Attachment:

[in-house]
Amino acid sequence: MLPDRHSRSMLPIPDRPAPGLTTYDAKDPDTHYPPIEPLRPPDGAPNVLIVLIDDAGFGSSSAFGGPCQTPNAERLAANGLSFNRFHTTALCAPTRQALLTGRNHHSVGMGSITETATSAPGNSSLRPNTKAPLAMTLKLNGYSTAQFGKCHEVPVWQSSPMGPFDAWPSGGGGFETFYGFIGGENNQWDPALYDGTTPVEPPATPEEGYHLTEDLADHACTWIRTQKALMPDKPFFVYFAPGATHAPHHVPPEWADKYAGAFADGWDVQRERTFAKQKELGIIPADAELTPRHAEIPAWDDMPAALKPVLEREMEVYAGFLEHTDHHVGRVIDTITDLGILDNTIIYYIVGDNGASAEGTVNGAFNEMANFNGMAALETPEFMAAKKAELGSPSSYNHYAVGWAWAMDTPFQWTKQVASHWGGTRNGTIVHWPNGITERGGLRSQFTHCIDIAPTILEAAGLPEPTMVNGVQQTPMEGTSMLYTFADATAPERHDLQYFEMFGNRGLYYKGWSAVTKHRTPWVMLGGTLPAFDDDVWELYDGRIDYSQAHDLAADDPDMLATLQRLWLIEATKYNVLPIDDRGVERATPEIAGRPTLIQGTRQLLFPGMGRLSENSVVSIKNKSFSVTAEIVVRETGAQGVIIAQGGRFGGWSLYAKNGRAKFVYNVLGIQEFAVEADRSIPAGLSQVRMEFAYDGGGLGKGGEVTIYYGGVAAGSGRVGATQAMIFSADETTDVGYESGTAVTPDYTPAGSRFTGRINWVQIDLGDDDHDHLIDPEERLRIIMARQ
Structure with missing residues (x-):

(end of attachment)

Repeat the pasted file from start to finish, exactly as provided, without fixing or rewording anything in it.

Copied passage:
[in-house]
Amino acid sequence: MLPDRHSRSMLPIPDRPAPGLTTYDAKDPDTHYPPIEPLRPPDGAPNVLIVLIDDAGFGSSSAFGGPCQTPNAERLAANGLSFNRFHTTALCAPTRQALLTGRNHHSVGMGSITETATSAPGNSSLRPNTKAPLAMTLKLNGYSTAQFGKCHEVPVWQSSPMGPFDAWPSGGGGFETFYGFIGGENNQWDPALYDGTTPVEPPATPEEGYHLTEDLADHACTWIRTQKALMPDKPFFVYFAPGATHAPHHVPPEWADKYAGAFADGWDVQRERTFAKQKELGIIPADAELTPRHAEIPAWDDMPAALKPVLEREMEVYAGFLEHTDHHVGRVIDTITDLGILDNTIIYYIVGDNGASAEGTVNGAFNEMANFNGMAALETPEFMAAKKAELGSPSSYNHYAVGWAWAMDTPFQWTKQVASHWGGTRNGTIVHWPNGITERGGLRSQFTHCIDIAPTILEAAGLPEPTMVNGVQQTPMEGTSMLYTFADATAPERHDLQYFEMFGNRGLYYKGWSAVTKHRTPWVMLGGTLPAFDDDVWELYDGRIDYSQAHDLAADDPDMLATLQRLWLIEATKYNVLPIDDRGVERATPEIAGRPTLIQGTRQLLFPGMGRLSENSVVSIKNKSFSVTAEIVVRETGAQGVIIAQGGRFGGWSLYAKNGRAKFVYNVLGIQEFAVEADRSIPAGLSQVRMEFAYDGGGLGKGGEVTIYYGGVAAGSGRVGATQAMIFSADETTDVGYESGTAVTPDYTPAGSRFTGRINWVQIDLGDDDHDHLIDPEERLRIIMARQ
Structure with missing residues (x-):